Mortgage rates take a hike
Aug 30, 2013 / 5:00 am
Last Wednesday’s increases in fixed rate mortgage interest rates mean the costs of a fixed rate mortgage have climbed by more than a third in the past five months.
Is this the end of a low interest rate era in Canada? If you listen to the experts you could be convinced it is the case. In a recent Globe and Mail article, Benjamin Tal, deputy chief economist at CIBC World Markets was quoted as saying, “This is the end of extremely low interest rates, they are simply unsustainable.”
Is that so? The comment had me running over to see what kind of quarterly profits CIBC was turning. Frankly, CIBC’s definition of unsustainable and the average Canadian’s definition would appear to be farther apart than political opinions on prorogation of Parliament. CIBC’s most recent quarterly results showed only an 8% increase over the same quarter last year to $876 Million. I can see why they would be concerned.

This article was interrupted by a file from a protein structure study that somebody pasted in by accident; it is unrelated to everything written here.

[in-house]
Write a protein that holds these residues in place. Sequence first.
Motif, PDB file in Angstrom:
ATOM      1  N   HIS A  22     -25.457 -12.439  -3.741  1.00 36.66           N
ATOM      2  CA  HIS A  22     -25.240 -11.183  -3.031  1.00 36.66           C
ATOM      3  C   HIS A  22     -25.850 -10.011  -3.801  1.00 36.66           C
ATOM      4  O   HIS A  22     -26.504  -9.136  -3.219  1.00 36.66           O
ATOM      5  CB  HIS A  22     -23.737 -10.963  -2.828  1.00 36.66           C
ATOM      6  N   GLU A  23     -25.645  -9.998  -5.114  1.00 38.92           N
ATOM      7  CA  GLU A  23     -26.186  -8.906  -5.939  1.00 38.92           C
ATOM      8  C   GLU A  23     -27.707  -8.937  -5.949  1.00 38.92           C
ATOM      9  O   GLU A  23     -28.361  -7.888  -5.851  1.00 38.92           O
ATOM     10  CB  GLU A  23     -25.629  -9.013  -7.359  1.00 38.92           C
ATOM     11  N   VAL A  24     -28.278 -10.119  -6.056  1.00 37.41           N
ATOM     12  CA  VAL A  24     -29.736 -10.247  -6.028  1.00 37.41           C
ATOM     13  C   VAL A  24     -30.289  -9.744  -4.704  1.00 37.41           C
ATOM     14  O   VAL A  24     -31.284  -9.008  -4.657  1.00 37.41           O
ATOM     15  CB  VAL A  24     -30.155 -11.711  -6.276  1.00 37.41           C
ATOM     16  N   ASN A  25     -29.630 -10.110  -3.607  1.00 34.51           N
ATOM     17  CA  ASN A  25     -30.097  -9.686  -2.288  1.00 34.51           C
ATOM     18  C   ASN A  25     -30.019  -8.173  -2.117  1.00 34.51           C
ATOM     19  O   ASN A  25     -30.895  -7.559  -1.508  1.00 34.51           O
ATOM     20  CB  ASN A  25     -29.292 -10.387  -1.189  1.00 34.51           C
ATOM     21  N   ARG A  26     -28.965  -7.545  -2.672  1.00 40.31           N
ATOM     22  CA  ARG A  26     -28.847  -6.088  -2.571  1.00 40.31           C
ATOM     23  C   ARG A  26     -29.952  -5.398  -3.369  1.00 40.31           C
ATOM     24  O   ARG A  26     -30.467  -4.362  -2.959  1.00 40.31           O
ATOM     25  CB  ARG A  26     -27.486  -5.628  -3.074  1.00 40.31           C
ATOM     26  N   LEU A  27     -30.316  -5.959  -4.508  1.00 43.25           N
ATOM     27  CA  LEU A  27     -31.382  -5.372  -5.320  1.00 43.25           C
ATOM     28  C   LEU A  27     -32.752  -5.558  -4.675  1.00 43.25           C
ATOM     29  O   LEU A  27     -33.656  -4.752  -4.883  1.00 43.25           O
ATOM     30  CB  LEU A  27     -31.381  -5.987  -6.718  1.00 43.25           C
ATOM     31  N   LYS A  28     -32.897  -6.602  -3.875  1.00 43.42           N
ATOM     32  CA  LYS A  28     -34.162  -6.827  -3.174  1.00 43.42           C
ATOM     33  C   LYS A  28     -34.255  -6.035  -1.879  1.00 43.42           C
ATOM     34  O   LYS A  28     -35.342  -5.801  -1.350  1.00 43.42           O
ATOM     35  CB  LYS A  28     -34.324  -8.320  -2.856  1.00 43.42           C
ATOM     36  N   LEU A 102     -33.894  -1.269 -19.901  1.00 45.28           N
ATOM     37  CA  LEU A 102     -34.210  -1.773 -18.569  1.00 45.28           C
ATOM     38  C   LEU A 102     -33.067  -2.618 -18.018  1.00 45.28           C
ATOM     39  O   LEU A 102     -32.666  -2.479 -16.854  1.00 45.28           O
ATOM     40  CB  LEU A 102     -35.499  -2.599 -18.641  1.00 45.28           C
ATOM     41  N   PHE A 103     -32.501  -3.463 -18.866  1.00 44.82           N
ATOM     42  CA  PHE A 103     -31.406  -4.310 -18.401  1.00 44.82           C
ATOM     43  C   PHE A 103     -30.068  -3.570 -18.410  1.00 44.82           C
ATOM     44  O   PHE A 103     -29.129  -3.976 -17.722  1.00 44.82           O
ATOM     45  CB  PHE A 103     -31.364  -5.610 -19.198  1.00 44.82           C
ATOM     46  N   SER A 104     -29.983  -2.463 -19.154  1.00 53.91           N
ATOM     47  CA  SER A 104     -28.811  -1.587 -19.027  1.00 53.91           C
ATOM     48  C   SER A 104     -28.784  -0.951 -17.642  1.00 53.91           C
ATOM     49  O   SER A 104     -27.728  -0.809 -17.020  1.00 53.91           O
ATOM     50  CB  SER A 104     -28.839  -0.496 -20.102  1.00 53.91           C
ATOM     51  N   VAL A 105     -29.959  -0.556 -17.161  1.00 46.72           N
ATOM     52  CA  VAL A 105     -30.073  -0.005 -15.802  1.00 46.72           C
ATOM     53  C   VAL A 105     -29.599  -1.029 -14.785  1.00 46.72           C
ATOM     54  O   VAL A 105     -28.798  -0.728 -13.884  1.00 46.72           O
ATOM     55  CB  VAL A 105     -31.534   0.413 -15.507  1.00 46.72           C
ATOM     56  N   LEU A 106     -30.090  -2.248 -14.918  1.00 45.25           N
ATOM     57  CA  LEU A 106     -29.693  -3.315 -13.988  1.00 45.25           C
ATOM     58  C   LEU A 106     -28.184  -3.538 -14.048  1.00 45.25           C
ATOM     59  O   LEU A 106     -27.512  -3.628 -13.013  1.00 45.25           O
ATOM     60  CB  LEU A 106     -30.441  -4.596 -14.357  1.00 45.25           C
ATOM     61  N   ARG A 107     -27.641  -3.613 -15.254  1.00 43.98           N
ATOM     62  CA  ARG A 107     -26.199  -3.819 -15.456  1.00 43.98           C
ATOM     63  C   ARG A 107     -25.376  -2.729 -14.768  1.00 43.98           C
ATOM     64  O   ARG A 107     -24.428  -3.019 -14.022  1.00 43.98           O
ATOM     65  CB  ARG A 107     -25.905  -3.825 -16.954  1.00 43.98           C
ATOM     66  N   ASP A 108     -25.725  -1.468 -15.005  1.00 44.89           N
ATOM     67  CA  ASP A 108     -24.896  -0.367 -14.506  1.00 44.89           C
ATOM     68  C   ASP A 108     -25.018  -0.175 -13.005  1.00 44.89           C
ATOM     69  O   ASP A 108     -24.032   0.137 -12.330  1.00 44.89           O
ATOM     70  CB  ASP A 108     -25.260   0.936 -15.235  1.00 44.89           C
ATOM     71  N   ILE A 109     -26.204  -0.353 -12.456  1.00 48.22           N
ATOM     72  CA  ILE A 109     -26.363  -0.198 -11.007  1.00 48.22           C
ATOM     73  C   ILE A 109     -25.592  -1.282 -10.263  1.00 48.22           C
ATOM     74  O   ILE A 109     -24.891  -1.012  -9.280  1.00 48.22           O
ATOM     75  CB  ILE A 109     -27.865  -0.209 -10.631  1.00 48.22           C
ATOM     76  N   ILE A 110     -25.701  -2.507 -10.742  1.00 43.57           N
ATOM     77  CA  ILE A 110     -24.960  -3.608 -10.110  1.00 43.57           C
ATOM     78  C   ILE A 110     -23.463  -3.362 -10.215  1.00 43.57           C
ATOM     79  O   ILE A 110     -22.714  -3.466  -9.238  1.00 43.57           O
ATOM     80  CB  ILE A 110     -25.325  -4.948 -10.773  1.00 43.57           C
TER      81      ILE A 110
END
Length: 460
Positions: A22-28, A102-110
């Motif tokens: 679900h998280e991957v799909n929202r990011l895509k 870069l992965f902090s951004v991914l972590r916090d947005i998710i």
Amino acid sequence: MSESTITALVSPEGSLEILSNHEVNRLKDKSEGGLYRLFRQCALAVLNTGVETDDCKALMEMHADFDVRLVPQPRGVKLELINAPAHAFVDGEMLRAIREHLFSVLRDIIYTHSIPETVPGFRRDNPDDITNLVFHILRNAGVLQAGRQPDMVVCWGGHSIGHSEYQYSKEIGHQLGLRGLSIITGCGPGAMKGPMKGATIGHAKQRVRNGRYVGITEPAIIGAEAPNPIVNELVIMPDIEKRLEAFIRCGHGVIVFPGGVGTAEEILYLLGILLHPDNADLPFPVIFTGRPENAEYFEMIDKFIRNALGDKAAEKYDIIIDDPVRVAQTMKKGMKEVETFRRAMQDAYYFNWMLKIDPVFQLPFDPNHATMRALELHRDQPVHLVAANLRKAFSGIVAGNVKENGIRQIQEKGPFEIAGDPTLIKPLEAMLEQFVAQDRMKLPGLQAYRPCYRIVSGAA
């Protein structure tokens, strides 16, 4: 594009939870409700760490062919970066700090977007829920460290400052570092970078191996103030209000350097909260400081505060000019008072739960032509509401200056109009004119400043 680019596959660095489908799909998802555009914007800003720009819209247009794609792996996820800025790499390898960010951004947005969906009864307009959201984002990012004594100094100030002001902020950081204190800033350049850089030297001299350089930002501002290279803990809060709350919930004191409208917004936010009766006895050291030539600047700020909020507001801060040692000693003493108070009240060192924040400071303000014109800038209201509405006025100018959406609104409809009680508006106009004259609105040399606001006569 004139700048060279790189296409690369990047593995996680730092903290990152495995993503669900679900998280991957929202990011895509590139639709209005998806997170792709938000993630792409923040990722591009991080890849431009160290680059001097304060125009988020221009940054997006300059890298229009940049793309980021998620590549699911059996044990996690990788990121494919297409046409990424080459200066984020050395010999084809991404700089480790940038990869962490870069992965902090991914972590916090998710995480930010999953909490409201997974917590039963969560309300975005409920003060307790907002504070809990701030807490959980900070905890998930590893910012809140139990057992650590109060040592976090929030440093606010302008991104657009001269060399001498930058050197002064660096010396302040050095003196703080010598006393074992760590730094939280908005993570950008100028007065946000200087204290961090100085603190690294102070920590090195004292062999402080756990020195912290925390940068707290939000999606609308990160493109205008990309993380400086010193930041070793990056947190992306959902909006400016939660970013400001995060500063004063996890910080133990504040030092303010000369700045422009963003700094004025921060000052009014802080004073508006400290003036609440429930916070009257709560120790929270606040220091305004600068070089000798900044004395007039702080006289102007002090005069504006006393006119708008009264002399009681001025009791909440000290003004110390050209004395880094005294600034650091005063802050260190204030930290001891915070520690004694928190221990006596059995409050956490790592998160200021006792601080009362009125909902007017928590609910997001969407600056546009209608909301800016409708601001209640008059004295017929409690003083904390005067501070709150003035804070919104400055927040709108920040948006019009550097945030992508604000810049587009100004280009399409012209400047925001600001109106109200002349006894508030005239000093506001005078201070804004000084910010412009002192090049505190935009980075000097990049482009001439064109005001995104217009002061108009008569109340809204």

Whatever way you look at it, this is not a good move for the Canadian housing market. Whether the impact is short term and the housing market activity drops significantly enough to have the banks correct again and react to the competitive market or long term, we have to deal with it.
In the long run for the Kelowna area, it will mean that together with Flaherty’s legislative changes last year, mortgages are going to be more difficult to access for the first time home owner and the move up homeowner.
I don’t believe the consumer expects mortgage rates to stay low forever, but there is an anticipation that rates would be tied to success in the economy and I am not sure if we have turned the corner enough to say everything is on the mend. Time will tell, but once again the impact is likely in a negative direction rather than being positive.
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